AlmaLinux Foundation chair says he stepped down to highlight value of community status

Close ties with CloudLinux remain, including former chair as 'guest attendee' at board meetings

Igor Seletskiy, the founder of the AlmaLinux distro created in December 2020 as an alternative to CentOS, has explained that he stepped down as chair of the AlmaLinux Foundation in an effort to strengthen its community status - though his company still dominates the board.

AlmaLinux is one of several distros to have sprung up, or demanded renewed attention, in the aftermath of Red Hat's decision to make CentOS a late preview of what will become Red Hat Enterprise Linux (RHEL) rather than a binary-compatible rebuild. Other contenders include Rocky Linux, founded by an original co-founder of CentOS, and Oracle Linux. AlmaLinux originated as a project of CloudLinux, a company and commercial distro which already tracked RHEL, and of which Seletskiy is CEO.

At the end of March an AlmaLinux Foundation was formed to own the trademarks and, in the words of its bylaws, "to develop and maintain a no registration, ad free, stable, open source Linux distribution for the benefit of and free use by the general public."

Seletski said yesterday that he stepped down as chair of the AlmaLinux Foundation board in order to "highlight the fact that CloudLinux and TuxCare don't have control over AlmaLinux OS Foundation."

TuxCare is a brand of CloudLinux which offers Linux support services including for AlmaLinux. The chair of the AlmaLinux Foundation board is now Benny Vasquez, who also manages developer relations and community for Chef at Progress.

How independent is AlmaLinux from CloudLinux? The relationship remains a close one, and Seletskiy is shown on the official Wiki as a "regular guest attendee" at board meetings. The reason AlmaLinux was able to get off the ground quickly – more quickly than Rocky Linux – was that it came from a company already building a distro from the open source RHEL code.

The Wiki notes that the build/test system was not open source (though this is work in progress). Two of the five remaining board members are CloudLinux employees, and one would imagine that together with Seletskiy as "guest attendee" that means the company still has a strong voice at meetings.

Boot of a different kind

There is a point of interest regarding Secure Boot, which requires an EV (Extended Validation) certificate and a shim bootloader signed by Microsoft. It is a big deal, since without it secure boot must be disabled before the operating system will install. Rocky Linux still does not support Secure Boot though it looks close: the latest is that the Shim Review was accepted last week though the Microsoft cross-signing of the shim has not yet taken place.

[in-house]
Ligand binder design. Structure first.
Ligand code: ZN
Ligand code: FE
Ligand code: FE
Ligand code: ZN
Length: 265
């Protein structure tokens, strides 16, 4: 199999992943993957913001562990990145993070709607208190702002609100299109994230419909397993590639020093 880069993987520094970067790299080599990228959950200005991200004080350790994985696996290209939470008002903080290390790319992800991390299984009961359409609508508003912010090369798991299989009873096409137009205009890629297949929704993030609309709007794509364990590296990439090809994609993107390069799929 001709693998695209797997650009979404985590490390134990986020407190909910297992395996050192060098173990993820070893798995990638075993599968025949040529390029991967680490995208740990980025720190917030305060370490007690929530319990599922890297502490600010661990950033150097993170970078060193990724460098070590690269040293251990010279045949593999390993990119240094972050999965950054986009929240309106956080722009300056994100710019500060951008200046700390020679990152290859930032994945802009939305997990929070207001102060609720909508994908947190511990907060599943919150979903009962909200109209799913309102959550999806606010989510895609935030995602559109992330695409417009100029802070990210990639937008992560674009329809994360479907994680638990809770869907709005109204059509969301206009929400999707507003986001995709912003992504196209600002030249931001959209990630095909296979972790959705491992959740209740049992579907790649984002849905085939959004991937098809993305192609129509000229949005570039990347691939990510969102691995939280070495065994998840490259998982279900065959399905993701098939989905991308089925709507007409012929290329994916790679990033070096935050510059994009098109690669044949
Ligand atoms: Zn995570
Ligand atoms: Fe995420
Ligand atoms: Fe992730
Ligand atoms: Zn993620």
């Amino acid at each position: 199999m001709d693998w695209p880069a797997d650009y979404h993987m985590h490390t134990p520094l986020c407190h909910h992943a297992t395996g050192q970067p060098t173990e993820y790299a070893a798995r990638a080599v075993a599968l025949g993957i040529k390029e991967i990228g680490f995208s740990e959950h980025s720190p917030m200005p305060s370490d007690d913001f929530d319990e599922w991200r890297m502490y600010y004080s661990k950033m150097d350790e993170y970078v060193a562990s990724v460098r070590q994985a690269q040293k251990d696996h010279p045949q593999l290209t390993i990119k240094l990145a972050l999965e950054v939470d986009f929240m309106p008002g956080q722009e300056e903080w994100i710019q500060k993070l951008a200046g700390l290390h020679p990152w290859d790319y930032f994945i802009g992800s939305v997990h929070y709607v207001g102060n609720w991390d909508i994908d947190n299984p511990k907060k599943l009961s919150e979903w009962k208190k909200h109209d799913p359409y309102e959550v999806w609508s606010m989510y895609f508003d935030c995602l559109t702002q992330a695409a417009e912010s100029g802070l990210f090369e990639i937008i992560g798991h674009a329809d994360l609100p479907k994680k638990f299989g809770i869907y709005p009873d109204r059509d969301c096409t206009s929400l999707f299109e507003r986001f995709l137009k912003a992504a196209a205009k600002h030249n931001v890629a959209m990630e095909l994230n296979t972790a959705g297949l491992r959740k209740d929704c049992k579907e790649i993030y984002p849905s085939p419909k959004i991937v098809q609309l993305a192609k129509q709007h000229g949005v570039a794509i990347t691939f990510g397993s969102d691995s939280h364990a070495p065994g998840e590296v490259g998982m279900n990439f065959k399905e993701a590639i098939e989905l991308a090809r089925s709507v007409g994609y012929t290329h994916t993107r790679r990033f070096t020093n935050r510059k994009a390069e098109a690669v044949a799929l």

AlmaLinux has had Secure Boot for months, but the reason (according to the Wiki) is that "currently, we use the same EV certificate for both CloudLinux and AlmaLinux shim bootloaders. It is registered to CloudLinux Inc. If we want to have a separate bootloader/certificate for AlmaLinux, we need to buy another EV key, put it into a bare metal server, build a new shim, get it reviewed by Red Hat, and signed by Microsoft again."

Seletski said yesterday that "In our view, the lack of proper ownership structure is what allowed Red Hat to acquire the CentOS project in the first place, and EOL CentOS 8 later on. The CentOS project was never a non-profit organization and lacked proper governance - that was its weakest point."

By way of contrast, Rocky Linux founder Greg Kurtzer told the Register that forming a non-profit "is not a guarantee of integrity and honesty and good behaviour" for a Foundation – with reference not to AlmaLinux, but to his own history with the Caos Foundation which was once the host of CentOS.

That said, Seletski said that he has made efforts to make AlmaLinux a community operating system whose corporate sponsors will be funding "FIPS certification (and any other certifications needed by the community), send contributors to related conferences, and promote AlmaLinux. According to Seletski, "we want to expand AlmaLinux beyond where CentOS was used."

Selectski stepping down as chair does not remove the Foundation's close ties to CloudLinux, but that does not make it a sign of bad faith.

It goes without saying that the future of both AlmaLinux and Rocky Linux also depends on the continuing success of RHEL. According to Simon Phipps, another AlmaLinux board member, "community downstreams of RHEL created the market that Red Hat then monetized," and he sees these community distros as beneficial rather than harmful to commercial RHEL. ®

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